Putting the Finishing Touches on Your Parking Lot

Parking lots have become a scary experience for me, so scary I feel like I should be driving a tank and wearing a flack jacket. My hometown of Rochester, Minnesota is a booming city, the fastest growing city in the state. New businesses are opening all the time.

Some businesses have well-designed parking lots and others seem to have no design at all. Every time I go to the grocery store I worry about my car getting dinged. Drivers ignore the one-way arrows and the spaces are too narrow. In short, the grocery store parking lot is an accident waiting to happen.

Parking lot design is a complex subject that Crack Repair involves layout, the shape of spaces (rectangular or angled), and lighting. The National Institute of Building Sciences discusses aspects of design in a website article, “Parking Facilities.” According to the article, adequate parking “is one of the crucial issues of our times.” Unfortunately, many stores consider parking lots an afterthought.

Pedestrians have to weave their way through traffic. Streets leading to the parking lot are often congested or poorly planned. A parking lot in my town turns into a lake after a downpour and water rises halfway up car doors. Shoppers have to wade from the stores to their cars.

The University of Nevada addresses parking lot standards in its article, “Innovative Parking Design.” Proper drainage is one focus of the article. Poorly designed lots may collect and convey polluted runoff, the article notes. Instead of installing curbs, the University of Nebada recommends low areas, or sumps, with slits for runoff. Snow pile areas and landscaped buffer areas are also recommended.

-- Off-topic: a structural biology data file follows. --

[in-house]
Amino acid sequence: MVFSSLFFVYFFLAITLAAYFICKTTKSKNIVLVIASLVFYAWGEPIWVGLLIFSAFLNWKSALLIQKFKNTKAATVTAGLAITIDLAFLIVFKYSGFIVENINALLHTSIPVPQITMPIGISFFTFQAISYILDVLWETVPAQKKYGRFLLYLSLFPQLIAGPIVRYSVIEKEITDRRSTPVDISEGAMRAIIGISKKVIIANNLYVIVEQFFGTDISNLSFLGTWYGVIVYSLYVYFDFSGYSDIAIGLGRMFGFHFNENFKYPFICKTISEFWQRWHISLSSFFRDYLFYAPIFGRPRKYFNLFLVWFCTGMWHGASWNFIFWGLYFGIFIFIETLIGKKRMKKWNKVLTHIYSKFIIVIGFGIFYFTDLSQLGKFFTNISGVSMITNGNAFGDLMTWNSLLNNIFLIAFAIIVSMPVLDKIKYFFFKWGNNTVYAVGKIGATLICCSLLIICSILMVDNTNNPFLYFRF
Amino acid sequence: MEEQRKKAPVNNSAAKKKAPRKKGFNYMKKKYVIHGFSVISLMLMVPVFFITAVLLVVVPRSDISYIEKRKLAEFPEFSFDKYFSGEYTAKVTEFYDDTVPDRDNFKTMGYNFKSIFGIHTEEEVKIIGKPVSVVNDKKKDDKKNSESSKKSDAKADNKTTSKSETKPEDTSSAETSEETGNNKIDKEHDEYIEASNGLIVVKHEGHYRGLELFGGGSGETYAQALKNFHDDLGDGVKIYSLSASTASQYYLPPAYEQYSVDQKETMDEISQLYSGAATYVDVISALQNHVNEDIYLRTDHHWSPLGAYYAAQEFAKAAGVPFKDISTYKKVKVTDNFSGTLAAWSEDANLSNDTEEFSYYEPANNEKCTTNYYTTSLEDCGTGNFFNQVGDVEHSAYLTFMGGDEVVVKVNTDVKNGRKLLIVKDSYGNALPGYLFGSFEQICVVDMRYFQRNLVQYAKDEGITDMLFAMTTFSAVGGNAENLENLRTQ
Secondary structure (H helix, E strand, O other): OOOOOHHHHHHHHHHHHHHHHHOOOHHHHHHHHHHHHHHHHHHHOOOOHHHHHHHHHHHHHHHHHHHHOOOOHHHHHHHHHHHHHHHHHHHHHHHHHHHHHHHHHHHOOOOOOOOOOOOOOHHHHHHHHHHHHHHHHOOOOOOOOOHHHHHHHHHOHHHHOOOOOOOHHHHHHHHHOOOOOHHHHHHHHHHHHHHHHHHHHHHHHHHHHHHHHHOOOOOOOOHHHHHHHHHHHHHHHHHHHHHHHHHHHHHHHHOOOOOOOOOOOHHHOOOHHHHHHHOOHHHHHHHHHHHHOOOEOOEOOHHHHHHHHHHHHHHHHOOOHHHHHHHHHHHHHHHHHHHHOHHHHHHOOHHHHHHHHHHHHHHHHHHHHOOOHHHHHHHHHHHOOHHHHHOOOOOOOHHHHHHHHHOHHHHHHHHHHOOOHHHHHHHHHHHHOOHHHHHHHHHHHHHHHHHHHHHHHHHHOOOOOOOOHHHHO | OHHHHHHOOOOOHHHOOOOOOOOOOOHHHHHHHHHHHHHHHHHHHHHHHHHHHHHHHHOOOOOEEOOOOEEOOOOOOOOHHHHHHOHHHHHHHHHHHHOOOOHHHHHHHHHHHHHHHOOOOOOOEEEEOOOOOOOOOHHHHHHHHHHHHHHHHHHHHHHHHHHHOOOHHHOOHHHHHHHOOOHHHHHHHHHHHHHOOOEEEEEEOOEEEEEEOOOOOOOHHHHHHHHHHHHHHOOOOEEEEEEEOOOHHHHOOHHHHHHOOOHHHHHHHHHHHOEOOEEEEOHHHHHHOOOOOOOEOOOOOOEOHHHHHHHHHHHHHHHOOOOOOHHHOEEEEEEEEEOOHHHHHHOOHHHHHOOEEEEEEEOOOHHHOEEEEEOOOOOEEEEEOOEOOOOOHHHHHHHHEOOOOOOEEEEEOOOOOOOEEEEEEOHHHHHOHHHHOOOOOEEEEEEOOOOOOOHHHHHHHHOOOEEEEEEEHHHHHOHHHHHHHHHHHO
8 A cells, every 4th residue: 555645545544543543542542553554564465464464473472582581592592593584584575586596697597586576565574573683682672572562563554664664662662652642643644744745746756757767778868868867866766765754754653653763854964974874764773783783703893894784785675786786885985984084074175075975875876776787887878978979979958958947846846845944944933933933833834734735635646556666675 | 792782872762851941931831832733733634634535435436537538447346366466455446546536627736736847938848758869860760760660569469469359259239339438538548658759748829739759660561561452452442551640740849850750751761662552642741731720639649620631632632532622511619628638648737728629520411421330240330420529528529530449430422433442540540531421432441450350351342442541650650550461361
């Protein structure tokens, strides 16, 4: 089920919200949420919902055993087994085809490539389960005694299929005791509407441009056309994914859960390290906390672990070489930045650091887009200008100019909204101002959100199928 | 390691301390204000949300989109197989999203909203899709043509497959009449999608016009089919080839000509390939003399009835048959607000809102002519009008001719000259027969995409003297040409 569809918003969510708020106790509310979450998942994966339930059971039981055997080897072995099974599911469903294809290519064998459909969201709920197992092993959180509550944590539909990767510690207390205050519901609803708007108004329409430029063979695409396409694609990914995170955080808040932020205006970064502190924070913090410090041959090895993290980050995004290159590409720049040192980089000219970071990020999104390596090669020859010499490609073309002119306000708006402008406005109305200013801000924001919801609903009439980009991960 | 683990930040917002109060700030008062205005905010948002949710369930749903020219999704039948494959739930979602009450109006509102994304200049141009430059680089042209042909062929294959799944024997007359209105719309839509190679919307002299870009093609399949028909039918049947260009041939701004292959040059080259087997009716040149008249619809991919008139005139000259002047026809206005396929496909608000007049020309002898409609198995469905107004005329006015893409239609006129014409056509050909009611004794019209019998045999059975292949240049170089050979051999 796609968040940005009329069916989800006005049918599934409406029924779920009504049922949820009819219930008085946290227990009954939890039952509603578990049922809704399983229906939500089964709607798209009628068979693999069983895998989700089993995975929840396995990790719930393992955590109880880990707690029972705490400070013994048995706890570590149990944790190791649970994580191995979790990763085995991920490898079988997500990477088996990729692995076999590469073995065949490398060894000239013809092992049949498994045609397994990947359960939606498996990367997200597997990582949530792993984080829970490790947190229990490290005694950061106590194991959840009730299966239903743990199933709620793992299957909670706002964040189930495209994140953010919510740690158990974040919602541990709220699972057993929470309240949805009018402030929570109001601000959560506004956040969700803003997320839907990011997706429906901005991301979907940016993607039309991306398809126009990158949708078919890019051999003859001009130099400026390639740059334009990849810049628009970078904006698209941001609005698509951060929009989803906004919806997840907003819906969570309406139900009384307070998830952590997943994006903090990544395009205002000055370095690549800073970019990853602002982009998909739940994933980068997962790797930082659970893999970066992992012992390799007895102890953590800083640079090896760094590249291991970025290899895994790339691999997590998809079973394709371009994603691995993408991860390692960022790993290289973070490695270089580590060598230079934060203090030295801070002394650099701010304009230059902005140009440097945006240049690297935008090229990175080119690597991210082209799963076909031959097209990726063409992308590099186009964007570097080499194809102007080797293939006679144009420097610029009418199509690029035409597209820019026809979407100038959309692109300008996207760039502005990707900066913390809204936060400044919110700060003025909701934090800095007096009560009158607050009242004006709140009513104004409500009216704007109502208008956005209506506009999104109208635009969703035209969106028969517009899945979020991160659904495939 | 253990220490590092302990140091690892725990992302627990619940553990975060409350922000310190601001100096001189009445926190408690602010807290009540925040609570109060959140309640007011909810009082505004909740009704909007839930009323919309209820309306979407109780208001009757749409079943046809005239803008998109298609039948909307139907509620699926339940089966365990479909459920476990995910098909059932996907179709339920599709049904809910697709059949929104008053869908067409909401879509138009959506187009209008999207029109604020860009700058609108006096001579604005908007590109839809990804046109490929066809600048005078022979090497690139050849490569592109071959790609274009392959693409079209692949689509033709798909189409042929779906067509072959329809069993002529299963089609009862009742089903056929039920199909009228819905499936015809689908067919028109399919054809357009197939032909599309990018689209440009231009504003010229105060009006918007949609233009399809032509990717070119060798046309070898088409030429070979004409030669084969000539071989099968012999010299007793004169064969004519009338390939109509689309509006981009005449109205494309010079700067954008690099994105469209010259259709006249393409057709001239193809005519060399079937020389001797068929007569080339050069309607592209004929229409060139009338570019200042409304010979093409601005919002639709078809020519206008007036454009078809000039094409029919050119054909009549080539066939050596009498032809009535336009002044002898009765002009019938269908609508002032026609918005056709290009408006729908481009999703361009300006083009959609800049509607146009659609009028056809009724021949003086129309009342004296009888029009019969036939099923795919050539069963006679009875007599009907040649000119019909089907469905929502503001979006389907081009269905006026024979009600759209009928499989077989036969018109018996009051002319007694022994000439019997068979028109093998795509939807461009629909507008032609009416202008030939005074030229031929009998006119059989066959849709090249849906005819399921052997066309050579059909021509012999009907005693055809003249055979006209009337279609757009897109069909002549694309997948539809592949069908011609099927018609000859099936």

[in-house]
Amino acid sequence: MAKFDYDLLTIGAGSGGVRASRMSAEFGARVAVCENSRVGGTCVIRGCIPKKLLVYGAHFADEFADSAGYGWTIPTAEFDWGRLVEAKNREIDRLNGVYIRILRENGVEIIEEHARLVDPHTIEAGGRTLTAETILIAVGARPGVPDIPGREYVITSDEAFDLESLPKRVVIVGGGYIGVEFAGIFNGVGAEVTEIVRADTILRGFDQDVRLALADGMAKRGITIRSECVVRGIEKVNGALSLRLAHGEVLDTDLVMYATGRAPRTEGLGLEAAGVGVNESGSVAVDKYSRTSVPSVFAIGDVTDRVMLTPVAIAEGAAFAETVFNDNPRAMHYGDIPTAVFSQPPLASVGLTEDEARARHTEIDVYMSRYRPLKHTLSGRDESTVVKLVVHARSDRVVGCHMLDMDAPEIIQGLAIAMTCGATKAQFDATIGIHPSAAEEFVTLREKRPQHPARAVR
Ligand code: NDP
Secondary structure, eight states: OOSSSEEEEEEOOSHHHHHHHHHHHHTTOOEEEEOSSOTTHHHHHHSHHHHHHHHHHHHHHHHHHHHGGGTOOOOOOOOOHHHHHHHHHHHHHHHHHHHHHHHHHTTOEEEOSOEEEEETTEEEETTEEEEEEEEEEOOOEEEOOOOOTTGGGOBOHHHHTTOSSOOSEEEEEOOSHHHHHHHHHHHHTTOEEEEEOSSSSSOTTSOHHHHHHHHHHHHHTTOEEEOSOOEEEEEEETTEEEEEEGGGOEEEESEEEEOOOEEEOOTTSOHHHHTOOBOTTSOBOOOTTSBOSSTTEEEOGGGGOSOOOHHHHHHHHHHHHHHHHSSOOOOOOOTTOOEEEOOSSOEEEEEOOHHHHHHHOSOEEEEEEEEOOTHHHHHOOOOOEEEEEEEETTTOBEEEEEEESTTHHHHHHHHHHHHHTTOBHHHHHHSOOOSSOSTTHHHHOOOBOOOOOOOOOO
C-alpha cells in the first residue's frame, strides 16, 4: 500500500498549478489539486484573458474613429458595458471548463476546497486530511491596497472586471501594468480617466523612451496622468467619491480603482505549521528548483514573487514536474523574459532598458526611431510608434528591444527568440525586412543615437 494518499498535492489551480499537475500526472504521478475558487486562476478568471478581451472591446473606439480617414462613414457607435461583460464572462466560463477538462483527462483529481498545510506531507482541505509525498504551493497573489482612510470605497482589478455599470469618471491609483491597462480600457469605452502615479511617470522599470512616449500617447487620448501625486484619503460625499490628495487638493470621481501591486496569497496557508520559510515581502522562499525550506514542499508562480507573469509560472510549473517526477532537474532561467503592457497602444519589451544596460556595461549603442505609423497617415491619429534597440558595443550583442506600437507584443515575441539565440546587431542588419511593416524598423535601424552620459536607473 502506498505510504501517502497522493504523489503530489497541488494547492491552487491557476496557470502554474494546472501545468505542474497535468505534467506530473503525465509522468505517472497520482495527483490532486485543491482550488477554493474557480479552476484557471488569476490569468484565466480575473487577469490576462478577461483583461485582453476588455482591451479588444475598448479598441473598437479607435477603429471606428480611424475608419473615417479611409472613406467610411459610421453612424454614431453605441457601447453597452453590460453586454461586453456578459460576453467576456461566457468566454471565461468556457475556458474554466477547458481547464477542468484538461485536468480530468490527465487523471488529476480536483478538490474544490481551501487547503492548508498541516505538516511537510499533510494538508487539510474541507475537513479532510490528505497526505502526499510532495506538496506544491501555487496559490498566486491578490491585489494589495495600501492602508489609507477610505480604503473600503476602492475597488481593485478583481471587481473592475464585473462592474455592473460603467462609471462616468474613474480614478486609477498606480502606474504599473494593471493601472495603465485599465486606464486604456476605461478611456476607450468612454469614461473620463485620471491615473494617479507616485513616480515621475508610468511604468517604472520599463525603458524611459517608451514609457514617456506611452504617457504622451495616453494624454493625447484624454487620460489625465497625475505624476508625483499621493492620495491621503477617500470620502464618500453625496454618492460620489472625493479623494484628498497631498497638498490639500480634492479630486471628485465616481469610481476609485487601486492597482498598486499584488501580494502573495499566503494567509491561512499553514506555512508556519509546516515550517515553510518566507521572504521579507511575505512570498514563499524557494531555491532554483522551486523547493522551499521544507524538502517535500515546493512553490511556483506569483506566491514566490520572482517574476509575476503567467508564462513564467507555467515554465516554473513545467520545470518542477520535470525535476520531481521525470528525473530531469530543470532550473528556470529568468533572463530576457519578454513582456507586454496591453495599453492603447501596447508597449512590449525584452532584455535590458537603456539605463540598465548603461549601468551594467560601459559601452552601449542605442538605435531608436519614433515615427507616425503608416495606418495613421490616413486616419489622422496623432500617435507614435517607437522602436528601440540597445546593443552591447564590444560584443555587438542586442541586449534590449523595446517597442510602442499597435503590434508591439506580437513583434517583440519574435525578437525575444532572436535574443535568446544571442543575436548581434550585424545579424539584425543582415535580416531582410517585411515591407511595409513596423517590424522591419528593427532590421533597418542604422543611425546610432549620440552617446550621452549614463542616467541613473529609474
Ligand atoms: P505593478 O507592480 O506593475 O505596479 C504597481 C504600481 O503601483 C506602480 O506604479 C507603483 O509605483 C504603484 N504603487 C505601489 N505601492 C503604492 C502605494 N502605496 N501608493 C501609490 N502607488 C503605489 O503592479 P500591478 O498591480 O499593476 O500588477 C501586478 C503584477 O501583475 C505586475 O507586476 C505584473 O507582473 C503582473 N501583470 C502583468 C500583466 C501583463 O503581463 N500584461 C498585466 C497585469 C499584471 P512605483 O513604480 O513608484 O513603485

As a seasoned shopper and someone who is concerned about personal and public safety, I have some ideas for improving parking lots.

1. Make the spaces larger. If the spaces were larger, shoppers wouldn’t have to worry about dings in their cars. Loading groceries and packages would be easier as well.

2. Widen the lanes. This would give drivers more maneuvering room and make backing out easier.

3. Plant some trees. Rochester, Minnesota is the beginning of the prairie and winds can whip across the landscape. Trees would act as a windbreak and provide shade in he summer. Of course, the trees shouldn’t drop fruit or sap on cars.

4. Add sidewalks. The sidewalks could be combined with landscaping. Sidewalks would improve safety and draw shoppers to stores.

5. Add more lighting. Token lighting is unsafe lighting. Lights should installed along the perimeter of the parking lot and along all rows.

6. Color code lanes or mark with shapes. When you park in a massive lot it’s easy to forget where you parked. One Twin Cities lot uses animal signs. I can remember if I parked in the bunny lot or the deer lot.